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We Think Elevance Health (NYSE:ELV) Can Manage Its Debt With Ease

·4 min read

David Iben put it well when he said, 'Volatility is not a risk we care about. What we care about is avoiding the permanent loss of capital.' When we think about how risky a company is, we always like to look at its use of debt, since debt overload can lead to ruin. As with many other companies Elevance Health Inc. (NYSE:ELV) makes use of debt. But the real question is whether this debt is making the company risky.

When Is Debt Dangerous?

Debt is a tool to help businesses grow, but if a business is incapable of paying off its lenders, then it exists at their mercy. Ultimately, if the company can't fulfill its legal obligations to repay debt, shareholders could walk away with nothing. While that is not too common, we often do see indebted companies permanently diluting shareholders because lenders force them to raise capital at a distressed price. Of course, the upside of debt is that it often represents cheap capital, especially when it replaces dilution in a company with the ability to reinvest at high rates of return. When we think about a company's use of debt, we first look at cash and debt together.

Check out our latest analysis for Elevance Health

What Is Elevance Health's Net Debt?

As you can see below, Elevance Health had US$23.6b of debt, at June 2022, which is about the same as the year before. You can click the chart for greater detail. But it also has US$33.8b in cash to offset that, meaning it has US$10.2b net cash.

debt-equity-history-analysis
debt-equity-history-analysis

How Strong Is Elevance Health's Balance Sheet?

The latest balance sheet data shows that Elevance Health had liabilities of US$39.3b due within a year, and liabilities of US$25.7b falling due after that. Offsetting these obligations, it had cash of US$33.8b as well as receivables valued at US$14.3b due within 12 months. So its liabilities total US$16.9b more than the combination of its cash and short-term receivables.

Given Elevance Health has a humongous market capitalization of US$114.5b, it's hard to believe these liabilities pose much threat. But there are sufficient liabilities that we would certainly recommend shareholders continue to monitor the balance sheet, going forward. Despite its noteworthy liabilities, Elevance Health boasts net cash, so it's fair to say it does not have a heavy debt load!

And we also note warmly that Elevance Health grew its EBIT by 18% last year, making its debt load easier to handle. When analysing debt levels, the balance sheet is the obvious place to start. But ultimately the future profitability of the business will decide if Elevance Health can strengthen its balance sheet over time. So if you want to see what the professionals think, you might find this free report on analyst profit forecasts to be interesting.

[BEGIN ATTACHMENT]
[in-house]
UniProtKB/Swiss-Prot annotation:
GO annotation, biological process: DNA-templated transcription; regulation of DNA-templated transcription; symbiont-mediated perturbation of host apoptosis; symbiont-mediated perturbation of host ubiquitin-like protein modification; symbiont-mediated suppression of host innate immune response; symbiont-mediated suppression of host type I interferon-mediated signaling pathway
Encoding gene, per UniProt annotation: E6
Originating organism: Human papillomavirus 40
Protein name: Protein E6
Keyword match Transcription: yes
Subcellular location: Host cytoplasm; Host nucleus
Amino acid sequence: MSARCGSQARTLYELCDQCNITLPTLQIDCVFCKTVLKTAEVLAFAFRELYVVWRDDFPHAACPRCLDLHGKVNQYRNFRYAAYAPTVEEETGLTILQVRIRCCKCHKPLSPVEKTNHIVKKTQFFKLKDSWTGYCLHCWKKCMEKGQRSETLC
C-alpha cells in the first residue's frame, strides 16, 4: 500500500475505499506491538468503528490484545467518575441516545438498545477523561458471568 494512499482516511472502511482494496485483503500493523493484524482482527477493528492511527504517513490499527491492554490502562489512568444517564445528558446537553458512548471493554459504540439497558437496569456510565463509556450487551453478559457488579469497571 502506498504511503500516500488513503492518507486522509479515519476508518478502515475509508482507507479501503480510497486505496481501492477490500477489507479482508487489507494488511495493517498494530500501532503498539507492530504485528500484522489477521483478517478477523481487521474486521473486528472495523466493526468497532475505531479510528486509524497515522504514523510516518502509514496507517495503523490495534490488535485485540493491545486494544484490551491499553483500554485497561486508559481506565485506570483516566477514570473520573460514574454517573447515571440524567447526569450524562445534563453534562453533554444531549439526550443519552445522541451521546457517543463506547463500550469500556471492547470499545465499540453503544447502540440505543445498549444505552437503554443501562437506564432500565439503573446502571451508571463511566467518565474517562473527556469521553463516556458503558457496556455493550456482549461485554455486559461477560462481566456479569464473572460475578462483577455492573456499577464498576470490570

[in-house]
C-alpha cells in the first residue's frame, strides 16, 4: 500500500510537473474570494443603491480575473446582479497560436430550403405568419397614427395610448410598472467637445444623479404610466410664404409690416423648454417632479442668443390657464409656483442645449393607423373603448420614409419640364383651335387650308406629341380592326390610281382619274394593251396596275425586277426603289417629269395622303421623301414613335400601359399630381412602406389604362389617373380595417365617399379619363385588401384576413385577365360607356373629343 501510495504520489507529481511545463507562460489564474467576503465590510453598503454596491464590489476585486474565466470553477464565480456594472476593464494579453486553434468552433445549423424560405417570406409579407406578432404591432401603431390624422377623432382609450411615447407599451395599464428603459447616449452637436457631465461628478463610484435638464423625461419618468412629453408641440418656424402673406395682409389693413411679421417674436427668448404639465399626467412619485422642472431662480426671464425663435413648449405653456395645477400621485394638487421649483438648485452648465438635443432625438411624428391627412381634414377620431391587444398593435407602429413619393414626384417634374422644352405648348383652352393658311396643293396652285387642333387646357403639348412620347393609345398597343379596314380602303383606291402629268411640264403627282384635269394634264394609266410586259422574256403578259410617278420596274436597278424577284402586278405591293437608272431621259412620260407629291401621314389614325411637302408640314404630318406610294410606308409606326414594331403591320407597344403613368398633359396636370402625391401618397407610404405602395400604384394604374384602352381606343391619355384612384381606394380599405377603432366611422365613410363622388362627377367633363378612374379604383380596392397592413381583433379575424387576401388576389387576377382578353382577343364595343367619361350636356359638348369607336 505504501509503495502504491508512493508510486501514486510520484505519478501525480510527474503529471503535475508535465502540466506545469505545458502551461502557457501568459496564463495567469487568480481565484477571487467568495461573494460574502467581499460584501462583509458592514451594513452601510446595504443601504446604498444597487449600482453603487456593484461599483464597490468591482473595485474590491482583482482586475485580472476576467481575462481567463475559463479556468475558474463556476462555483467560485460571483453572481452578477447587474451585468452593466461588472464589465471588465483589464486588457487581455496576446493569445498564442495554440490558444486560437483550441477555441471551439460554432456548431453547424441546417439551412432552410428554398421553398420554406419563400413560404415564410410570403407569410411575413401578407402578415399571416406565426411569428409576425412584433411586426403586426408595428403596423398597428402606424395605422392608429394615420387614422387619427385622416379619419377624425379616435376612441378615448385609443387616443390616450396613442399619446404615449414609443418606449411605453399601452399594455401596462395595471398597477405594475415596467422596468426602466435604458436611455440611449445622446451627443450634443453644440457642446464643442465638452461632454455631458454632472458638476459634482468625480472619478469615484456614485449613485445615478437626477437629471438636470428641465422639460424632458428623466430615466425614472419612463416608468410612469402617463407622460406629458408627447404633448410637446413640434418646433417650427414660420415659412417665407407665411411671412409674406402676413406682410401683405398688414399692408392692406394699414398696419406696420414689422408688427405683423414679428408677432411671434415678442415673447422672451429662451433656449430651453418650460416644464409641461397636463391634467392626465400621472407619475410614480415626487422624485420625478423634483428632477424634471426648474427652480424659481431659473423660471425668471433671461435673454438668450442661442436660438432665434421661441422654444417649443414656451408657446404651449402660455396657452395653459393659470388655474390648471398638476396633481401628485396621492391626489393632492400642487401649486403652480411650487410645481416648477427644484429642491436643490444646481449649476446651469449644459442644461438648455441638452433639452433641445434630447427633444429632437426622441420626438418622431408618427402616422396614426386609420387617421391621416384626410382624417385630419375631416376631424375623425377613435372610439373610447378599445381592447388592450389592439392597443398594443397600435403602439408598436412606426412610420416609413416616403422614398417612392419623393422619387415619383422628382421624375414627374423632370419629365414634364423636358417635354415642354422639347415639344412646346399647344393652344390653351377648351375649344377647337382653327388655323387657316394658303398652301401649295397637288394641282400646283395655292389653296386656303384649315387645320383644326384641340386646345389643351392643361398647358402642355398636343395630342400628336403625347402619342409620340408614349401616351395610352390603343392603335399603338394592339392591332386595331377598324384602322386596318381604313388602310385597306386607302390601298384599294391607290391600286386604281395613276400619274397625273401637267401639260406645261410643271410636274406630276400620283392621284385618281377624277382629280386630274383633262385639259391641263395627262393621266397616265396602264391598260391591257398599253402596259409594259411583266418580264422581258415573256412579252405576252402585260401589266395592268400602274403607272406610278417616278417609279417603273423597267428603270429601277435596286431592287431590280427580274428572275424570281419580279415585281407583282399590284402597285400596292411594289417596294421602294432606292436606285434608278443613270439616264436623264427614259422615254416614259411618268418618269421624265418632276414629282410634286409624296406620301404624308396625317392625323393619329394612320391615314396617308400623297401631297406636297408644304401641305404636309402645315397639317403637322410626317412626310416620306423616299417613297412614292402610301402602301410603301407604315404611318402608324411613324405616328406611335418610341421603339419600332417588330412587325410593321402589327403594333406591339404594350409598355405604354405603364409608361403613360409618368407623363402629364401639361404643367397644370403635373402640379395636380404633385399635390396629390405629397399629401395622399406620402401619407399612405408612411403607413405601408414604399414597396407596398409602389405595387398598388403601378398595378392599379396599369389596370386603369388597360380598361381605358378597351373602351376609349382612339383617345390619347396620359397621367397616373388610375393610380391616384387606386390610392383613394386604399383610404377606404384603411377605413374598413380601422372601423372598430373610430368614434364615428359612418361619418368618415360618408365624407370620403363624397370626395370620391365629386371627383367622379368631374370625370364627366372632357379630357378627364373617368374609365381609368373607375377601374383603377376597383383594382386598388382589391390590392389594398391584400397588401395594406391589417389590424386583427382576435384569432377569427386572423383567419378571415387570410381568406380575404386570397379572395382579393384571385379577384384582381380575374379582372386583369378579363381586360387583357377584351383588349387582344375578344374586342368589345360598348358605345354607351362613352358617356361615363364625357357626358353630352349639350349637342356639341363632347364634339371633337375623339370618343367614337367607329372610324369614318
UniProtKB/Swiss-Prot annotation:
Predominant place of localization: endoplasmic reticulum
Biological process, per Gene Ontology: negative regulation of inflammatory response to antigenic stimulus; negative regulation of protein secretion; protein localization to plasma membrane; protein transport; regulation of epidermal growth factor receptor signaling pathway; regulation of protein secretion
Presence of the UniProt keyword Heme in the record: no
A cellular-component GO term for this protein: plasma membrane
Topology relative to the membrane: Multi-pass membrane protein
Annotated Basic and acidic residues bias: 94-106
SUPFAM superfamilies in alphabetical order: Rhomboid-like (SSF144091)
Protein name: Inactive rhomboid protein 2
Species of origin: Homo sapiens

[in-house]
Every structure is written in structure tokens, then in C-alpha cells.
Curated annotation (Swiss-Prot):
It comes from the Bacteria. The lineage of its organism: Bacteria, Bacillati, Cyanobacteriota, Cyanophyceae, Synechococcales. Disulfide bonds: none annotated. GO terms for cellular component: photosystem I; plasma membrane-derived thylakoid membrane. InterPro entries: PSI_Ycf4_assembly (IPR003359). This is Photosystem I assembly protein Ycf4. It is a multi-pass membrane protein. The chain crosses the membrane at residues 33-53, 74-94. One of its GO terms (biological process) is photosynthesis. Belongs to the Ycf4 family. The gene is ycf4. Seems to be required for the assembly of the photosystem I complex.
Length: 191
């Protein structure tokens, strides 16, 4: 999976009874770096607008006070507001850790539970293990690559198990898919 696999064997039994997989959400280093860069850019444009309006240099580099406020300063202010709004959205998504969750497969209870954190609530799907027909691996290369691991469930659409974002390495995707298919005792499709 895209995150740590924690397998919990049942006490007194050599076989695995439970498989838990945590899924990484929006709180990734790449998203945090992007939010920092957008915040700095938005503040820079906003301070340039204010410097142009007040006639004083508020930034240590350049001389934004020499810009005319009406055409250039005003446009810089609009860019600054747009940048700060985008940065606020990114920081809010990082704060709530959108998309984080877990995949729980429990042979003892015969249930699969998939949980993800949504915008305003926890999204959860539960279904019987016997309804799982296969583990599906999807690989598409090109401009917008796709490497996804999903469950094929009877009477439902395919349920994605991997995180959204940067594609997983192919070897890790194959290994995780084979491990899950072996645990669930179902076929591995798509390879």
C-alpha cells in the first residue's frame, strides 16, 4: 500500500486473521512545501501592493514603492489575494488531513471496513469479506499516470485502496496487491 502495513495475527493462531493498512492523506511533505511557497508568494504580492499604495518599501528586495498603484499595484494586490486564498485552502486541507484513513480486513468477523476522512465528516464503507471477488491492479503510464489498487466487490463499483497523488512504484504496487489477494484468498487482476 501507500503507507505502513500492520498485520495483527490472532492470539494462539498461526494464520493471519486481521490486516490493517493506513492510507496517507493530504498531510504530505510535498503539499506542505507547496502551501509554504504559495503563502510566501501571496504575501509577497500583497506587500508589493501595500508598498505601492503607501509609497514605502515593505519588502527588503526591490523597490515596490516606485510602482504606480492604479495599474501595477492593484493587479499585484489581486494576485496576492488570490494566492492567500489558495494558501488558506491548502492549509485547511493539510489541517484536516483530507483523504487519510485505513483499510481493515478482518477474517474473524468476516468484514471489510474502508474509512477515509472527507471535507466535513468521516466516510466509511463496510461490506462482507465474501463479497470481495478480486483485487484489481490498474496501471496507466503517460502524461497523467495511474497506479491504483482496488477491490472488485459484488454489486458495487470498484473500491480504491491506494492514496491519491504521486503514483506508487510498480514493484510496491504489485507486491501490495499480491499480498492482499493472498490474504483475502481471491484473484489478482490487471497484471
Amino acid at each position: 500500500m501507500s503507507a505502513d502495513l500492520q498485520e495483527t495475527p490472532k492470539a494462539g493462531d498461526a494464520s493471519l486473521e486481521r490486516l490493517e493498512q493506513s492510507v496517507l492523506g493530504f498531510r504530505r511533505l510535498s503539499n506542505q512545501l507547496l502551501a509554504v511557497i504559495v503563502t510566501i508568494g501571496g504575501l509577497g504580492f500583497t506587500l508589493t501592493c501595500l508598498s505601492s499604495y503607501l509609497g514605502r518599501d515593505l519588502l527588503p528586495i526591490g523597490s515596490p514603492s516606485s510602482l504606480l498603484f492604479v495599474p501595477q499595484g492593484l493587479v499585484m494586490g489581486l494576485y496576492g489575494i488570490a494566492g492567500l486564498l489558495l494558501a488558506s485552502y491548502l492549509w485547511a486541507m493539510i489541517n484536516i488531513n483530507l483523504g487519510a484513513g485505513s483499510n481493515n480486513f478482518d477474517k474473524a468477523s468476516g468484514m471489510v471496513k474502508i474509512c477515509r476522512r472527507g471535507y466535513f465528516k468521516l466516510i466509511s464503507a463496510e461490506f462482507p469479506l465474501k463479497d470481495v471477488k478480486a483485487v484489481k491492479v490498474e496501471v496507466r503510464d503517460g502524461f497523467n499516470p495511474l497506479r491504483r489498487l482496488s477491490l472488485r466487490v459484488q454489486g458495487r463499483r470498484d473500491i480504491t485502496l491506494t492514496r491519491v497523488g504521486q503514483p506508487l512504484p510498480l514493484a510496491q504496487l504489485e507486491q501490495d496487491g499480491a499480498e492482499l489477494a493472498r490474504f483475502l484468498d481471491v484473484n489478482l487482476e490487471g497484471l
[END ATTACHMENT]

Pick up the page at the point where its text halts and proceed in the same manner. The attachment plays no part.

Finally, a company can only pay off debt with cold hard cash, not accounting profits. Elevance Health may have net cash on the balance sheet, but it is still interesting to look at how well the business converts its earnings before interest and tax (EBIT) to free cash flow, because that will influence both its need for, and its capacity to manage debt. During the last three years, Elevance Health generated free cash flow amounting to a very robust 95% of its EBIT, more than we'd expect. That positions it well to pay down debt if desirable to do so.

Summing Up

While Elevance Health does have more liabilities than liquid assets, it also has net cash of US$10.2b. And it impressed us with free cash flow of US$8.0b, being 95% of its EBIT. So is Elevance Health's debt a risk? It doesn't seem so to us. When analysing debt levels, the balance sheet is the obvious place to start. But ultimately, every company can contain risks that exist outside of the balance sheet. We've identified 1 warning sign with Elevance Health , and understanding them should be part of your investment process.

At the end of the day, it's often better to focus on companies that are free from net debt. You can access our special list of such companies (all with a track record of profit growth). It's free.

Have feedback on this article? Concerned about the content? Get in touch with us directly. Alternatively, email editorial-team (at) simplywallst.com.

This article by Simply Wall St is general in nature. We provide commentary based on historical data and analyst forecasts only using an unbiased methodology and our articles are not intended to be financial advice. It does not constitute a recommendation to buy or sell any stock, and does not take account of your objectives, or your financial situation. We aim to bring you long-term focused analysis driven by fundamental data. Note that our analysis may not factor in the latest price-sensitive company announcements or qualitative material. Simply Wall St has no position in any stocks mentioned.

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